You can create Trustle Users manually within Trustle, or sync them from your IDP's directory.

Once defined, Trustle Users (except for System and Customer types) can login to the Trustle web console.  What they can do once logged in varies, based on Trustle user type:

Org Owner

A superuser admin within the Trustle organization. They can administer Trustle Users and configure the entire Trustle organization. They can also view and run reports and analyses, and perform all the functions defined for other user types as described below. Only Trustle Users of type Employee can be Org Owners.

System Owner

A Trustle admin, scoped to a specific connected system, e.g., AWS.  Only Trustle Users defined as Employees can be System Owners.


The human (or computer system) entity that can authenticate as an identity within a system, and subsequently execute access on a resource under that identity.

Access Requestor

A person that requests access for themselves, or others.  This could be yourself, asking for read/write access to a Github repo, or perhaps a colleague requesting AWS staging environment admin group access for another member of their team.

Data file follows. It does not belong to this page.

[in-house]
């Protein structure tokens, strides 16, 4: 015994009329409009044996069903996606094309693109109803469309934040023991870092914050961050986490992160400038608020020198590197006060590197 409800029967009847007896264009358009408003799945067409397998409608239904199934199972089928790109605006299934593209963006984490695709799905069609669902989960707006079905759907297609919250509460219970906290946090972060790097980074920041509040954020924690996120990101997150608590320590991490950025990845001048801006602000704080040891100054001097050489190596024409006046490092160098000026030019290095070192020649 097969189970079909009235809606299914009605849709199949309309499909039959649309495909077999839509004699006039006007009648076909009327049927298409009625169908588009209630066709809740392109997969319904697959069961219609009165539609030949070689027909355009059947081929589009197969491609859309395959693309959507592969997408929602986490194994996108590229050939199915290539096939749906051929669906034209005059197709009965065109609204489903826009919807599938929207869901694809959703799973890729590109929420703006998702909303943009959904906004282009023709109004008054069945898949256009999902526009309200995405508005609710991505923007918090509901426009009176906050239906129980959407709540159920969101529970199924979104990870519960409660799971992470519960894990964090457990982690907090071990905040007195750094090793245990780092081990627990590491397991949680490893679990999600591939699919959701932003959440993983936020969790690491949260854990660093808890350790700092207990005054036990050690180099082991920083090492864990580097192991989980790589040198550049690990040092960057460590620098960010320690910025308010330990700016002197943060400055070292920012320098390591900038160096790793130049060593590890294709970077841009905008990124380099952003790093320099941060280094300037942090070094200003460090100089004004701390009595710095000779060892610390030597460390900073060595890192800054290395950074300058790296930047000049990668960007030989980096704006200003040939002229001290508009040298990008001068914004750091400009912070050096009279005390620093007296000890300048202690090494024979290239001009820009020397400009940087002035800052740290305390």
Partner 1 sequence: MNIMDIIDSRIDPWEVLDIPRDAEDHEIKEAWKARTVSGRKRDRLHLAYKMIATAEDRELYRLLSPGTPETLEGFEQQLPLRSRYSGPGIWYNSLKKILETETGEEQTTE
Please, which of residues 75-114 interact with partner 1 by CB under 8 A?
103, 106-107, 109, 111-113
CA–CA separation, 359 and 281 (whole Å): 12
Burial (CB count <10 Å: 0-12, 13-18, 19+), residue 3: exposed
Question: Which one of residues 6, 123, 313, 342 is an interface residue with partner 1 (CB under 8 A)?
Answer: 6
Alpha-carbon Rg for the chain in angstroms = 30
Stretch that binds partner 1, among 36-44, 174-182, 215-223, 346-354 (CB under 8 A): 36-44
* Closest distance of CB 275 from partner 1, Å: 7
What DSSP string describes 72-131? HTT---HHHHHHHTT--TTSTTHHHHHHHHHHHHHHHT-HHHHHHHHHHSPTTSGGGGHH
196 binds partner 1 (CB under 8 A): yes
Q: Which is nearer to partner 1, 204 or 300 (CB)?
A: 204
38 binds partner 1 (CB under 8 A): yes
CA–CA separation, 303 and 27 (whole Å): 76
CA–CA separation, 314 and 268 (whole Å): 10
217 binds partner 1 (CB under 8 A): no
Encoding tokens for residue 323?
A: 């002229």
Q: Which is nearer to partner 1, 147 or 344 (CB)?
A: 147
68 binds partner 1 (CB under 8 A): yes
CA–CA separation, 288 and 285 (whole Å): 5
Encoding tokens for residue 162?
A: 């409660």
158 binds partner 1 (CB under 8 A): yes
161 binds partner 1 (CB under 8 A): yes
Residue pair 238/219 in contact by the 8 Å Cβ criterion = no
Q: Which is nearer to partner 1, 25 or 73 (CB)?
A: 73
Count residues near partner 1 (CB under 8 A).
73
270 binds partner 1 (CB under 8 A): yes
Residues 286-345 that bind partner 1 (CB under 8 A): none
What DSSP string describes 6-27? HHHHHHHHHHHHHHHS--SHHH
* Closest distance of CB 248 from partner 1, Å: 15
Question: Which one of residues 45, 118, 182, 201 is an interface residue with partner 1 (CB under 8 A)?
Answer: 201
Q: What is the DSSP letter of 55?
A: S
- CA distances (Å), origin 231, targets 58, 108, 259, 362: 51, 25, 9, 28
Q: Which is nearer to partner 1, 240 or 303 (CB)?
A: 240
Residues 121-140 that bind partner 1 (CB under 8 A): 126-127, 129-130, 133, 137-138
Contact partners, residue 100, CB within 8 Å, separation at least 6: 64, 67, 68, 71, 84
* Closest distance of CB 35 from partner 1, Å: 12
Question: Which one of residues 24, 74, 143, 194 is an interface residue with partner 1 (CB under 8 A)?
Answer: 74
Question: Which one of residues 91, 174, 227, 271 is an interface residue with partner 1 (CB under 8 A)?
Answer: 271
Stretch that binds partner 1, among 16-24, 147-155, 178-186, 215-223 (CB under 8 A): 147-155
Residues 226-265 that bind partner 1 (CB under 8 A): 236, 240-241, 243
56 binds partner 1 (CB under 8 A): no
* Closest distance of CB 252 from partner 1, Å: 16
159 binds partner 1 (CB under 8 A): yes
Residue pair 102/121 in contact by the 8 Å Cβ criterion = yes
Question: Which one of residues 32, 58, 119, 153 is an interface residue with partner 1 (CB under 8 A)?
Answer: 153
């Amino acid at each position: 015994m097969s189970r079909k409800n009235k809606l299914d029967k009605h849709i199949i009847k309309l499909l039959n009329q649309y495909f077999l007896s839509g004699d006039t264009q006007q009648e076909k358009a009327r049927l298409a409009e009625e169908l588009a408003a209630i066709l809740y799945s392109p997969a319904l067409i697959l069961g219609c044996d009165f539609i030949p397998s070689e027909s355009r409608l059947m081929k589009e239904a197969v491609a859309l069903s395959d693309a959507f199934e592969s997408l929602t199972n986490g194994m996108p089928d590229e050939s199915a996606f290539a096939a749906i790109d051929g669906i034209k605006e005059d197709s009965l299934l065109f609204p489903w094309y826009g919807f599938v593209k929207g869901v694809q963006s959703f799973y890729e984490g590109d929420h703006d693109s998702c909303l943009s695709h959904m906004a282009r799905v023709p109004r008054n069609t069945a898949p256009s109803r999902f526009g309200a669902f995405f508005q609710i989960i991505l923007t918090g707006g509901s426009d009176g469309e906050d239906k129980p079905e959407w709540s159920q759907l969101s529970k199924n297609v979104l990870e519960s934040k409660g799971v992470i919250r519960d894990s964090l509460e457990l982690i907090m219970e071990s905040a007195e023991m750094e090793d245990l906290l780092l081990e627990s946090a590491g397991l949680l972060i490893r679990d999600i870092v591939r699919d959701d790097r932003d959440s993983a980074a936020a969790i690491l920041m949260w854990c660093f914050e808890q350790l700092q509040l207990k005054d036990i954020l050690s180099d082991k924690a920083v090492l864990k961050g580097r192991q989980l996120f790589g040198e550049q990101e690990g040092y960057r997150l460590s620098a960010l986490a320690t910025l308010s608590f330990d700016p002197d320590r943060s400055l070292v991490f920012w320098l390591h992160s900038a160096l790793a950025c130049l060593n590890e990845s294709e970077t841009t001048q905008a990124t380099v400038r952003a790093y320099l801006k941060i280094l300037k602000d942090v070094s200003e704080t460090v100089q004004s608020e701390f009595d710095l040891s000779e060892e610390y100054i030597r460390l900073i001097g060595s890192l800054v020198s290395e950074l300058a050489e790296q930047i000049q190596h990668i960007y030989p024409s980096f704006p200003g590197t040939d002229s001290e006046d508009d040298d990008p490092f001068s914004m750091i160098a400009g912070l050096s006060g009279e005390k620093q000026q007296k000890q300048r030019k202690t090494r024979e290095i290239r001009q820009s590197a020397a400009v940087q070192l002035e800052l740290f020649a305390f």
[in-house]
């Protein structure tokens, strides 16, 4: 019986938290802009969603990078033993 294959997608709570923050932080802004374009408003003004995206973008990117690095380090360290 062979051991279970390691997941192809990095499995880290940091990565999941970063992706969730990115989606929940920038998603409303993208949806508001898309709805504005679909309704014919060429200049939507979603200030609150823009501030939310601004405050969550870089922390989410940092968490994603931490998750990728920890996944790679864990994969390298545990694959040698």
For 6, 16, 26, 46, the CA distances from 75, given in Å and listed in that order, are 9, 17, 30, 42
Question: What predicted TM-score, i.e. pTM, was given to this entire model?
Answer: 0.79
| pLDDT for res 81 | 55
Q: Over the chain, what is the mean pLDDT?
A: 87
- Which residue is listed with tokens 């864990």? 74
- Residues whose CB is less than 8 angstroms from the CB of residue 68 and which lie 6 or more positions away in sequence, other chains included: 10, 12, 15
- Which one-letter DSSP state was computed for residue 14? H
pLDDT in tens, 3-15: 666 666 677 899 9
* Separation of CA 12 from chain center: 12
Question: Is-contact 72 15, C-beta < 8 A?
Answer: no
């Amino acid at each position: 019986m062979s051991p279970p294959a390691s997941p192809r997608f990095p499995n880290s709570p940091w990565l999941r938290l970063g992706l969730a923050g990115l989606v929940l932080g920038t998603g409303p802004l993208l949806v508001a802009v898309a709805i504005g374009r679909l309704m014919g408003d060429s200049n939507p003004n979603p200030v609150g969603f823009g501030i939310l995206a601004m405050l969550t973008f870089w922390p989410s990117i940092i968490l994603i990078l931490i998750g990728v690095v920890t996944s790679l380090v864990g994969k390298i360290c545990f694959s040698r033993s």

Sometimes the requestor and the principal are the same (requesting for self), and sometimes they are different (requesting for someone else.)

Trustle Users defined as either Employees or Contractors can be Access Requestors.

Access Approver (Manager)

A person who is responsible for approving access requests from access requestors (their direct reports). Only Trustle Users defined as Employees can be Access Approvers.


When a manager approves a requestor’s access, Trustle will initiate a provisioning workflow which is either fully automated (no human interaction), or involves human interaction (fully or partially). If the workflow requires any sort of human interaction, the Provisioner is the human assigned those provisioning tasks. Only Trustle Users defined as Employees can be Provisioners.

Linking Trustle Users to Accounts